Three papers published online Nature Cell Biology analyse a component of chromatin - the complex of DNA and protein that makes up chromosomes - and identify two new modifications that expand the 'chromatin code'. The research also shows that a variant of this component mediates 'epigenetic memory' - a process of key importance to cloning.
The DNA of a human cell totals about two meters. To prevent the vast stretches of DNA turning into a tangle, the genome is spooled tightly around protein complexes called histones. Recent research has shown that histones also regulate gene activity and a growing number of reversible chemical modifications of these proteins -- collectively called the 'chromatin code' -- have been uncovered and found to regulate gene expression.
Roland Schüle and colleagues identify a new letter in the alphabet of the chromatin code in the form of phosphorylation of a histone called H3 and show that this letter allows genes packaged around the phosphorylated H3 to be activated. In a related paper, Michael Rudnicki and colleagues unravel how Pax7, a key regulator of muscle gene activity, works. By recruiting an enzyme that adds another letter, a methyl-group, to H3 it regulates genes that govern the differentiation of certain stem cells into muscle cells. Finally, John Gurdon and colleagues show how a gene maintains its activity status during the cloning procedure, when a nucleus from a differentiated donor tissue is transplanted into an egg. The memory of the gene status is dependent on a specific variant of H3 called H3.3. Remarkably, this memory was shown to be maintained while the cells of the egg multiply twenty four times.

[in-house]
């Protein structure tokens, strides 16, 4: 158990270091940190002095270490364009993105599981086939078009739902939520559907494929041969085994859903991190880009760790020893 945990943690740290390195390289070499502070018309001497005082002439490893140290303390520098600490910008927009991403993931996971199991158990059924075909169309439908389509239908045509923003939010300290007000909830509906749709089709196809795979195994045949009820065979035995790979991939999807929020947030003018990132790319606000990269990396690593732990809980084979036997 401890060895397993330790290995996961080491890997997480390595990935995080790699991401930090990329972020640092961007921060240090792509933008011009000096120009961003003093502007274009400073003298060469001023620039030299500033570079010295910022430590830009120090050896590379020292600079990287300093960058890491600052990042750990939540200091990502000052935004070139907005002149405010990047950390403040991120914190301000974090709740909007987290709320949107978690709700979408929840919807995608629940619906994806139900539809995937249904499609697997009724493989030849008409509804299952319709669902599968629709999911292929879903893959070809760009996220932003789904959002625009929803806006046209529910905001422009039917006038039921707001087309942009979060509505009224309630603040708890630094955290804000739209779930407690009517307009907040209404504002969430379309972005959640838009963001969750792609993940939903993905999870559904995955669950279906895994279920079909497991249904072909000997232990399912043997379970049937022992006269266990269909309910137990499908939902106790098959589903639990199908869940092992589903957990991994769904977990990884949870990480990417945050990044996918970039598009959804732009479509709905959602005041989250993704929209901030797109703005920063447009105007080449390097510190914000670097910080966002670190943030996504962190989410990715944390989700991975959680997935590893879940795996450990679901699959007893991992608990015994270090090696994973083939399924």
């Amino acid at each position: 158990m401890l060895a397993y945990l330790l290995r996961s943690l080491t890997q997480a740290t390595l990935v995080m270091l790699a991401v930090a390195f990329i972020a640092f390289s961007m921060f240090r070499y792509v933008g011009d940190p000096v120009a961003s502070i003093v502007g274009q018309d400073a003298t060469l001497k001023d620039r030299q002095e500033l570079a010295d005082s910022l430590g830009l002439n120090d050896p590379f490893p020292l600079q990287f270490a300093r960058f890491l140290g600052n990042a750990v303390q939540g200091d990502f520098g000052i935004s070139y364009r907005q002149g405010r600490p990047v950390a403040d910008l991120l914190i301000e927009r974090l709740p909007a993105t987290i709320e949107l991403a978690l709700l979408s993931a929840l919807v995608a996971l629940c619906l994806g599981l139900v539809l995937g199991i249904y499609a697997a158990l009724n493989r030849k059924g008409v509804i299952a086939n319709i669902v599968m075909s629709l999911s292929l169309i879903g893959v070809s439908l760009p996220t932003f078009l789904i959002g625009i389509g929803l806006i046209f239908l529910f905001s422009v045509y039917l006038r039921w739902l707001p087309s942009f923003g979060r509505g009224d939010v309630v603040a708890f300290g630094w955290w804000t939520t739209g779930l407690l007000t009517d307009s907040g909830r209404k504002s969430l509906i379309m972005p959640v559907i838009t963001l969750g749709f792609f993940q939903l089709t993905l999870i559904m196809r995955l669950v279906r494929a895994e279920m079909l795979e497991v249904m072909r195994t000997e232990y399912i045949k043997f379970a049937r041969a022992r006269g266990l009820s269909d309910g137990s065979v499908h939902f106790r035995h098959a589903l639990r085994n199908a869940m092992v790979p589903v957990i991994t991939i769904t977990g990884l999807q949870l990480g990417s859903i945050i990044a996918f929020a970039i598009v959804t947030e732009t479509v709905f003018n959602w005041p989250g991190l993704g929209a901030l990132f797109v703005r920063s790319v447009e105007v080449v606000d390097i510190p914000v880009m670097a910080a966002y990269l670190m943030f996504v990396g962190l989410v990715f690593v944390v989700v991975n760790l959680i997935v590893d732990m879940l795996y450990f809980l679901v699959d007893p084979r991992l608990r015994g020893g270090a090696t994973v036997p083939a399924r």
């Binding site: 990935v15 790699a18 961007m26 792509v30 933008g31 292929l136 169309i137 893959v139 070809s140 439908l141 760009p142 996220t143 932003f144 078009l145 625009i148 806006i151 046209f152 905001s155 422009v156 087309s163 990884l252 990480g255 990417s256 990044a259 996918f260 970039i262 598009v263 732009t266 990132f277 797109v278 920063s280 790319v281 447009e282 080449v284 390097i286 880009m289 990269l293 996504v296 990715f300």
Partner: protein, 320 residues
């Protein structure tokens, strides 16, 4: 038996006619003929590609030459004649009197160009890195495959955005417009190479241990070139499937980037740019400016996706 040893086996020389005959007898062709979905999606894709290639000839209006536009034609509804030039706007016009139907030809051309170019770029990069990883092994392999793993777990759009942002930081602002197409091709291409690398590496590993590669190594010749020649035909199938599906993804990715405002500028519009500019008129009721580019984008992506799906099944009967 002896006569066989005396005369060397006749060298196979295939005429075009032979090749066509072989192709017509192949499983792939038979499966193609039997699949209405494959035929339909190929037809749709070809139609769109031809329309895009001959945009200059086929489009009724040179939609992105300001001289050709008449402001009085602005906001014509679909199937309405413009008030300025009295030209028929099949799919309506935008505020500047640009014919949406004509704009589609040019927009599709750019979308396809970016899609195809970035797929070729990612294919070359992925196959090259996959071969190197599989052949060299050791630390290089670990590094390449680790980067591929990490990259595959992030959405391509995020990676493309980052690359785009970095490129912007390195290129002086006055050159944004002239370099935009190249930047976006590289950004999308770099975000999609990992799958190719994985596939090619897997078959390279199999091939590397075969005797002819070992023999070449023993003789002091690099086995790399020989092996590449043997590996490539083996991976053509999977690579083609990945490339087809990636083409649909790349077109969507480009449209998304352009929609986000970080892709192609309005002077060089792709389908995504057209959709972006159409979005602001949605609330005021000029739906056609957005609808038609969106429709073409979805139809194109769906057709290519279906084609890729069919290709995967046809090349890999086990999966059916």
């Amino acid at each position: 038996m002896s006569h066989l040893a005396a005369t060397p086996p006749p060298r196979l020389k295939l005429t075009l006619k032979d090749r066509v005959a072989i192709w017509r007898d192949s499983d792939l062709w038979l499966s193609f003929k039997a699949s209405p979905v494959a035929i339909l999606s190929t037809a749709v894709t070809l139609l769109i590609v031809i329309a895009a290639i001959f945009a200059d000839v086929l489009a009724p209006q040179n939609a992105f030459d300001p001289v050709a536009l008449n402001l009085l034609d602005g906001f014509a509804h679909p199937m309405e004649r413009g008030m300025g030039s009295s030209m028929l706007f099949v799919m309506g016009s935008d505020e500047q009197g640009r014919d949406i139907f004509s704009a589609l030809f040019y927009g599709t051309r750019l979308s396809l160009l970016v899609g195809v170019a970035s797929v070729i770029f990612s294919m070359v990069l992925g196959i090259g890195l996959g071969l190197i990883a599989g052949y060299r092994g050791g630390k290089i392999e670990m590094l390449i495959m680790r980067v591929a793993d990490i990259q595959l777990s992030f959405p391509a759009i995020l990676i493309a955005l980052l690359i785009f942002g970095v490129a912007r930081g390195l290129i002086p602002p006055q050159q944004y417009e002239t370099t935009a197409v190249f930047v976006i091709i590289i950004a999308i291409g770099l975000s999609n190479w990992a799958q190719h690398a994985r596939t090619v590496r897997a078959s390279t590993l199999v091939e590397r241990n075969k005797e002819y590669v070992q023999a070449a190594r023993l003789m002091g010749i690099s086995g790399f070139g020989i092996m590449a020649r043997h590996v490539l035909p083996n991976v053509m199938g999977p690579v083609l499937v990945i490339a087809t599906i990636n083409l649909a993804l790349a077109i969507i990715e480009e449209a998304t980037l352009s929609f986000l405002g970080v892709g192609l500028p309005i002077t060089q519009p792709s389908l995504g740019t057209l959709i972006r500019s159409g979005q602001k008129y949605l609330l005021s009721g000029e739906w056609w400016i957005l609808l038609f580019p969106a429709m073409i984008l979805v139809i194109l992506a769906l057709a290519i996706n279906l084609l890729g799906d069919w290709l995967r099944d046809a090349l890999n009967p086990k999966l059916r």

Roland Schüle (ZKF, Uniklinik-Frauenklinik, Freiburg, Germany)
Michael Rudnicki (Ottawa Health Research Institute, Ontario, Canada)
John Gurdon (Wellcome Trust/Cancer Research UK Gurdon Institute, Cambridge, UK)
Abstracts available online:
(C) Nature Cell Biology press release.
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